This compares to a corresponding 10% fall to September 2014.
Approvals for remortgaging in October were even more subdued, standing 21% below the same month last year.
Gross mortgage borrowing totalled £10.5bn in October (2% higher than the same month last year) against £10.6bn in September 2014.
Richard Woolhouse, BBA chief economist, said: “Today’s figures suggest that the cooling of the property market has continued in recent weeks.”
But Brian Murphy, head of lending at Mortgage Advice Bureau, said: “Before jumping to conclusions about the annual drop in mortgage approvals, it’s important to recognise that October 2013 saw activity gathering steam at a pace that was prompting concern from some observers.
“Both the Funding for Lending Scheme and Help to Buy were active in the mortgage market at that point and there is no denying that the removal of FLS and the arrival of the Mortgage Market Review have had a calming effect.
“However, there is also no getting away from the fact that the seasonally adjusted total for loan approvals in October is the lowest of 2014 and the lowest since March 2013 – the final month before the Help to Buy equity loan scheme got underway.”
He added: “The drop in loan approvals from the biggest banking groups could also suggest that customers are increasingly looking beyond the high street to find a loan under the new regime.
“An unprecedented number of products were available during October and the rise in applications made via brokers may indicate that customers are shying away from the traditional visit to their bank manager and opting to seek broker advice on products from a broader range of lenders.”
On a non-seasonally adjusted basis October’s gross mortgage borrowing was still £525m higher month-on-month, while there were 4,461 more transactions in October compared to the month before.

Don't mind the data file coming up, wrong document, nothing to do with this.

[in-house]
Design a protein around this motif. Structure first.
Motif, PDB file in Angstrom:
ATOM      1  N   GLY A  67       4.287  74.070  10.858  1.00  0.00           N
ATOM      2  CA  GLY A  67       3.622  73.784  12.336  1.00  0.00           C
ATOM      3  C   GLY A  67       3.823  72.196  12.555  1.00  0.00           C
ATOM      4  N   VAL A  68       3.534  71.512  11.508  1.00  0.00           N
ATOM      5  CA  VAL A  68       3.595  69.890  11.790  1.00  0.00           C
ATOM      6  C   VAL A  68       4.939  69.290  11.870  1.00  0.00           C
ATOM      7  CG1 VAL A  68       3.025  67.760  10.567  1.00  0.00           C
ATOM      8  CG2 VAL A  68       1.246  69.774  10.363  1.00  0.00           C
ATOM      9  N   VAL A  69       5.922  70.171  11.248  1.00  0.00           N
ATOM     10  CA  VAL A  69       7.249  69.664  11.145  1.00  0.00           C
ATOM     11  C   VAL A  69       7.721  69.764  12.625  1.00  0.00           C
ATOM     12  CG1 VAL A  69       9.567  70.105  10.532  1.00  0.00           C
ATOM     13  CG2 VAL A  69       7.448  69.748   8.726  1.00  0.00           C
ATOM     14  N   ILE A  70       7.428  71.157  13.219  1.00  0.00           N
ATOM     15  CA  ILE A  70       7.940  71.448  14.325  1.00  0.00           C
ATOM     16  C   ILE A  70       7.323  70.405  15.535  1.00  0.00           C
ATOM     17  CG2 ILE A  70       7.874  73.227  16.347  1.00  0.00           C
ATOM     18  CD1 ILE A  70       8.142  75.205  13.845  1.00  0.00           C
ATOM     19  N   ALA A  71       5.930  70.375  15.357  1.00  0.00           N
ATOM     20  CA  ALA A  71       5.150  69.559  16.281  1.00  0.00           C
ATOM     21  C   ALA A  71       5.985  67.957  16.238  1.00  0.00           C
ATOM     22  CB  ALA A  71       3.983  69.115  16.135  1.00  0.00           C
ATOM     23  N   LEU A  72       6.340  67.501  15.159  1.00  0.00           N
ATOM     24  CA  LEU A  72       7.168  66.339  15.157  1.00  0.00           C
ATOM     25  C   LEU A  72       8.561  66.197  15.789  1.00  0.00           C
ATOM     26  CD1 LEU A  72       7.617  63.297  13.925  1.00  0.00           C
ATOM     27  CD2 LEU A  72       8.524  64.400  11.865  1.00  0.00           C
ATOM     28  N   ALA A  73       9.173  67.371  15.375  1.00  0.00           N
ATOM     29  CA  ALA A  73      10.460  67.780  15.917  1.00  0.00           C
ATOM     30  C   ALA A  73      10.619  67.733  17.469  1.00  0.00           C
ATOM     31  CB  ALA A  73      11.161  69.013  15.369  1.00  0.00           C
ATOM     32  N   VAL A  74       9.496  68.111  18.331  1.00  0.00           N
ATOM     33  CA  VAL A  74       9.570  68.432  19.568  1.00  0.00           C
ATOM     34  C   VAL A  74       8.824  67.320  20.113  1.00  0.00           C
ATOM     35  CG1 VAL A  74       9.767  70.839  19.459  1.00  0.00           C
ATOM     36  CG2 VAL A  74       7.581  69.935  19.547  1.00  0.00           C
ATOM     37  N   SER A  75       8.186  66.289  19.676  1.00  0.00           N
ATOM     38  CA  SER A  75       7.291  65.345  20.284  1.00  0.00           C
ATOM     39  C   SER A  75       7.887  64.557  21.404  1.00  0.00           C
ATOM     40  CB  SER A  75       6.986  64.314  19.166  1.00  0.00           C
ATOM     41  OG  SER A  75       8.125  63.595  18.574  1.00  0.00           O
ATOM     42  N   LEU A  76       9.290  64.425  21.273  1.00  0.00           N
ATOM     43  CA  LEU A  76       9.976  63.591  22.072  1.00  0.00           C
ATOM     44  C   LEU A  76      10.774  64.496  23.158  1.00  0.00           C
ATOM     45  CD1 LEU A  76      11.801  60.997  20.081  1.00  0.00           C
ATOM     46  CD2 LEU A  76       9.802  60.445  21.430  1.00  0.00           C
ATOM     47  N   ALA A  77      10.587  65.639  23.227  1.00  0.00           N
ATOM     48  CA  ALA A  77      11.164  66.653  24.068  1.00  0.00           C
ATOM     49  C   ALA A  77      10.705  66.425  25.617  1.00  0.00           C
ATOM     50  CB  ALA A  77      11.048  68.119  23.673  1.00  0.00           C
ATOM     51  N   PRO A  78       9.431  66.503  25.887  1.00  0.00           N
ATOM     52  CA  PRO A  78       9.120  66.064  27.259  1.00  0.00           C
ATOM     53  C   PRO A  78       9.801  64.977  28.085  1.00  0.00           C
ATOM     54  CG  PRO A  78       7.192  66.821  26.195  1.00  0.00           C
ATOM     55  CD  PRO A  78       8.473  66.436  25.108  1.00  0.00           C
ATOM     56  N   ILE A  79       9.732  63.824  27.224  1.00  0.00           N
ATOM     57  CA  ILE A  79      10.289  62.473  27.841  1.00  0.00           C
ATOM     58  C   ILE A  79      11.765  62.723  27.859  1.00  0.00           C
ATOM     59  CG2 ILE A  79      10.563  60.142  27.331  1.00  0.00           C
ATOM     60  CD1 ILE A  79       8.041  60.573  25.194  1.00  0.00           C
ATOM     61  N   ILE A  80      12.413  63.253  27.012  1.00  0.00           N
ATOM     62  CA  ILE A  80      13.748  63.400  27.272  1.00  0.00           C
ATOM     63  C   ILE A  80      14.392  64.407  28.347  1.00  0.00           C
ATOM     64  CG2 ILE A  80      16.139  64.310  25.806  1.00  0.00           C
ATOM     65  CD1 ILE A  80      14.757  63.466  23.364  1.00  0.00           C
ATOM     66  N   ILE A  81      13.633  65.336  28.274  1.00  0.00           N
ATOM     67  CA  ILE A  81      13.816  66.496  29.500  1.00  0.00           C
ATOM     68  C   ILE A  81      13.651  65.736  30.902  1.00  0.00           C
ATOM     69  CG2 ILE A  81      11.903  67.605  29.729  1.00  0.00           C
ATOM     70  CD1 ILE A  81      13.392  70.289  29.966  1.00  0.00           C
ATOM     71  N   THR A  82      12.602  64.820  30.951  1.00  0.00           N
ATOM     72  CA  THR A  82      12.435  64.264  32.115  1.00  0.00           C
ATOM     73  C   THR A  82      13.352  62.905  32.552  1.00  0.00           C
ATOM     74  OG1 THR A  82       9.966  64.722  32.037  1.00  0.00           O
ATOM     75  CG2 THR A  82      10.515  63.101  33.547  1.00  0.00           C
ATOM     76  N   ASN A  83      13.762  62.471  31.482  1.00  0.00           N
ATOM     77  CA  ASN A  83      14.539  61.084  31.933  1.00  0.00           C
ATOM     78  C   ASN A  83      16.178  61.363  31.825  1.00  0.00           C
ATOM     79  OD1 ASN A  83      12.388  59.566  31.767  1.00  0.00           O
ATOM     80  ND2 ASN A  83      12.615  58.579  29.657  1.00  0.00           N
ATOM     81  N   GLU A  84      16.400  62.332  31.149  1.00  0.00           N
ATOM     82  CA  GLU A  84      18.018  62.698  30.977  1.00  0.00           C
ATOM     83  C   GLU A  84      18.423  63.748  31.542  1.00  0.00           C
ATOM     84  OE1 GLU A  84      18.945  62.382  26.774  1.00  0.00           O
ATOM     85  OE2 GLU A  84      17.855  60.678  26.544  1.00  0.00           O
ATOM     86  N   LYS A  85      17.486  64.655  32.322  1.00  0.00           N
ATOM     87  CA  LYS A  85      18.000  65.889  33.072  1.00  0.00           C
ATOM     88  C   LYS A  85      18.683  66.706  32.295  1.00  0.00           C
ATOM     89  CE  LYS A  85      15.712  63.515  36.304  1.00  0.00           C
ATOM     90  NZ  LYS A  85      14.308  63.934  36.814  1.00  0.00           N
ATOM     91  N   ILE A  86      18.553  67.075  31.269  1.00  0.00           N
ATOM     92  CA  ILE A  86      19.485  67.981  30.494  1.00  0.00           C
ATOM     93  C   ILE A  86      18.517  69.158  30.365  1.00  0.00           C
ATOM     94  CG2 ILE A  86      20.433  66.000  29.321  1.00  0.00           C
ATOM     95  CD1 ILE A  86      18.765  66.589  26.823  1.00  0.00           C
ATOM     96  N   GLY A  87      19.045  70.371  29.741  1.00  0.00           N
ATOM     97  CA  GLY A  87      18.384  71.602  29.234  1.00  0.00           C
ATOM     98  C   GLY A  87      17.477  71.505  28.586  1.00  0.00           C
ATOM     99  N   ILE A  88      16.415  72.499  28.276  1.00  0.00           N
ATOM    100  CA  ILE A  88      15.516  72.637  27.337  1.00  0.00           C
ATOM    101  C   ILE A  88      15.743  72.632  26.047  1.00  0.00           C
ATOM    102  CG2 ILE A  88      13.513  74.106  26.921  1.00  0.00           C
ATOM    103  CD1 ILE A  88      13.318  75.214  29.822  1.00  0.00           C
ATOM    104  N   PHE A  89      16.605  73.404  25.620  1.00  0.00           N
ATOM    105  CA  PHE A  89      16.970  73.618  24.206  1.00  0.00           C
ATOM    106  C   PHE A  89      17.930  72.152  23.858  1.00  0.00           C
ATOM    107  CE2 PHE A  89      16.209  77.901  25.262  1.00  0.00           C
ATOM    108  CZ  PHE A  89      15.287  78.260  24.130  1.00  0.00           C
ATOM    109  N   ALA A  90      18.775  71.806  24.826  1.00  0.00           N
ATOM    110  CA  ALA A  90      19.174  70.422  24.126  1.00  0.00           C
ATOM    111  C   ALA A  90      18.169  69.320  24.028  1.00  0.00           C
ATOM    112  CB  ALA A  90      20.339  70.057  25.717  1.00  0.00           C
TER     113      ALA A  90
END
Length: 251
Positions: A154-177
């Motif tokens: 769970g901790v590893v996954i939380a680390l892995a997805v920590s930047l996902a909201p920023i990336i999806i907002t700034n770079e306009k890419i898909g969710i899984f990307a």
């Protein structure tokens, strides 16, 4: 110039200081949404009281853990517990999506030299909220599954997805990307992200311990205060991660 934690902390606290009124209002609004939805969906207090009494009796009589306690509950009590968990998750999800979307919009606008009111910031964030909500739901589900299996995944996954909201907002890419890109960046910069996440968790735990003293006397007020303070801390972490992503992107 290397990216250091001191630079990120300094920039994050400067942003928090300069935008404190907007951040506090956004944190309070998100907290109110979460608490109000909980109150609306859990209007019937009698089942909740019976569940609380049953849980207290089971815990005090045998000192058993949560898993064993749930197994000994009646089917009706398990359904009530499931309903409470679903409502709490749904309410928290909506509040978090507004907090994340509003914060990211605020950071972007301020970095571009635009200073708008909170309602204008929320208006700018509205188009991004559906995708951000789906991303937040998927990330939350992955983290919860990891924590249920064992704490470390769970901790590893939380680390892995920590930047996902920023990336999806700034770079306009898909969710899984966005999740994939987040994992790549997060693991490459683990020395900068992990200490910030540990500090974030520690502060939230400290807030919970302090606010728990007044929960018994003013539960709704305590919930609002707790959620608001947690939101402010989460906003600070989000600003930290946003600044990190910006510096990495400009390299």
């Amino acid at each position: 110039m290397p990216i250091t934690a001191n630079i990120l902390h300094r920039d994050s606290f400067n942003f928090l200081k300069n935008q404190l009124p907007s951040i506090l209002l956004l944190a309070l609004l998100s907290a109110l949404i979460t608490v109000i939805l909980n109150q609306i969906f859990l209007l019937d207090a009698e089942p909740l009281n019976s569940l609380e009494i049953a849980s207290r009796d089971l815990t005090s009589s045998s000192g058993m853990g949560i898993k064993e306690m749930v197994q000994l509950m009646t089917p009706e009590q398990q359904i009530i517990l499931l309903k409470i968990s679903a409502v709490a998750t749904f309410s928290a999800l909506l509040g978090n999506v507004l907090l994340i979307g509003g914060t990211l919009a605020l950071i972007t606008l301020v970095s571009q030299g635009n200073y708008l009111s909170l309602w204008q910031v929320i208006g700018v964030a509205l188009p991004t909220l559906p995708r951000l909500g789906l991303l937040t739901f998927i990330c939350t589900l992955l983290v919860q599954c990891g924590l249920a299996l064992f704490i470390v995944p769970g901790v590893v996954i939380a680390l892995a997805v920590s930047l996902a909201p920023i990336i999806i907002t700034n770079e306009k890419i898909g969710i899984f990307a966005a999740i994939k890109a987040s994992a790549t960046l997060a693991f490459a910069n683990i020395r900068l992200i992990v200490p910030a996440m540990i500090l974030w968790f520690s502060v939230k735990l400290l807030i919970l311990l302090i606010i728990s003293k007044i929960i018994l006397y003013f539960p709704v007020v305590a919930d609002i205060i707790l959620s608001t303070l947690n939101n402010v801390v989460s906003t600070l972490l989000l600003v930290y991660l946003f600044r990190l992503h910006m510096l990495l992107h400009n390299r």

Richard Sexton, director of e.surv chartered surveyors, said: “The introduction of further regulation in the form of loan to income caps in early October has taken some of the wind out of first-time buyers’ sails.
“The increasingly rigorous testing may have seemed daunting to prospective homeowners – a negative image has likely had a dampening effect on the real positive influence of MMR and Help-to-Buy.
“In addition, those who have seen regulation for the vital tool it is have started to buy up the existing stock of starter homes.
“It is not enough merely to tinker with the financial conditions of first-time buyers and those that lend to them with schemes like MMR or Help to Buy – especially if these necessary checks and balances are misconstrued by the very people they are meant to assist.”
Mark Harris, chief executive of mortgage broker SPF Private Clients, saw the general election as an important factor.
He said: “The uncertainty surrounding the election could mean the market continues to stagnate in the early part of next year, particularly in the £2m-£3m bracket where fears of the introduction of a mansion tax are causing would-be buyers to sit on their hands.
“However, once the election outcome is known, we expect the housing market to be buzzing as all the pent-up demand from the start of the year is released.
“We expect the year overall to be a strong one, with around £215bn of lending as demand to borrow and an appetite to lend remain strong.
He added: “The regulator must urgently address the issue of older borrowers, many of whom are now struggling to get a mortgage.
“It is difficult to fathom why a lender would rather advance 95% loan to value to a first-time buyer with no track record than 50% to an older borrower with a 40-year unblemished track record.”